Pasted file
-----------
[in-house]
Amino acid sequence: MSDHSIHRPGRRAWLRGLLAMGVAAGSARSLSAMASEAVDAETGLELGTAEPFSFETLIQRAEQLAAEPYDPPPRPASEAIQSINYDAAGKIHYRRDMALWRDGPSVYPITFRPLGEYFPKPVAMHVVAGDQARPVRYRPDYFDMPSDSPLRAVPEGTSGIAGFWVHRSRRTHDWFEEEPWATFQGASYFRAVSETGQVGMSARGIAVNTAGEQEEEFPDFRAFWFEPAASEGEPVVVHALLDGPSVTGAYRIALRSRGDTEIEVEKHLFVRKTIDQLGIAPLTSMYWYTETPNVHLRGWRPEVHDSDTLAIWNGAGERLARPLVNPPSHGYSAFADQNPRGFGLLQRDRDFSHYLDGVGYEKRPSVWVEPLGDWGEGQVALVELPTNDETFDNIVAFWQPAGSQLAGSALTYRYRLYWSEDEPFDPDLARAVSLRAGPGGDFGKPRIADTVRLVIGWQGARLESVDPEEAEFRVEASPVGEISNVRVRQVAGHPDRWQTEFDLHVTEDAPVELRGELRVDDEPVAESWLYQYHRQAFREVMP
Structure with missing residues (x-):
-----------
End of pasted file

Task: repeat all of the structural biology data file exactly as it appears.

[in-house]
Amino acid sequence: MSDHSIHRPGRRAWLRGLLAMGVAAGSARSLSAMASEAVDAETGLELGTAEPFSFETLIQRAEQLAAEPYDPPPRPASEAIQSINYDAAGKIHYRRDMALWRDGPSVYPITFRPLGEYFPKPVAMHVVAGDQARPVRYRPDYFDMPSDSPLRAVPEGTSGIAGFWVHRSRRTHDWFEEEPWATFQGASYFRAVSETGQVGMSARGIAVNTAGEQEEEFPDFRAFWFEPAASEGEPVVVHALLDGPSVTGAYRIALRSRGDTEIEVEKHLFVRKTIDQLGIAPLTSMYWYTETPNVHLRGWRPEVHDSDTLAIWNGAGERLARPLVNPPSHGYSAFADQNPRGFGLLQRDRDFSHYLDGVGYEKRPSVWVEPLGDWGEGQVALVELPTNDETFDNIVAFWQPAGSQLAGSALTYRYRLYWSEDEPFDPDLARAVSLRAGPGGDFGKPRIADTVRLVIGWQGARLESVDPEEAEFRVEASPVGEISNVRVRQVAGHPDRWQTEFDLHVTEDAPVELRGELRVDDEPVAESWLYQYHRQAFREVMP
Structure with missing residues (x-):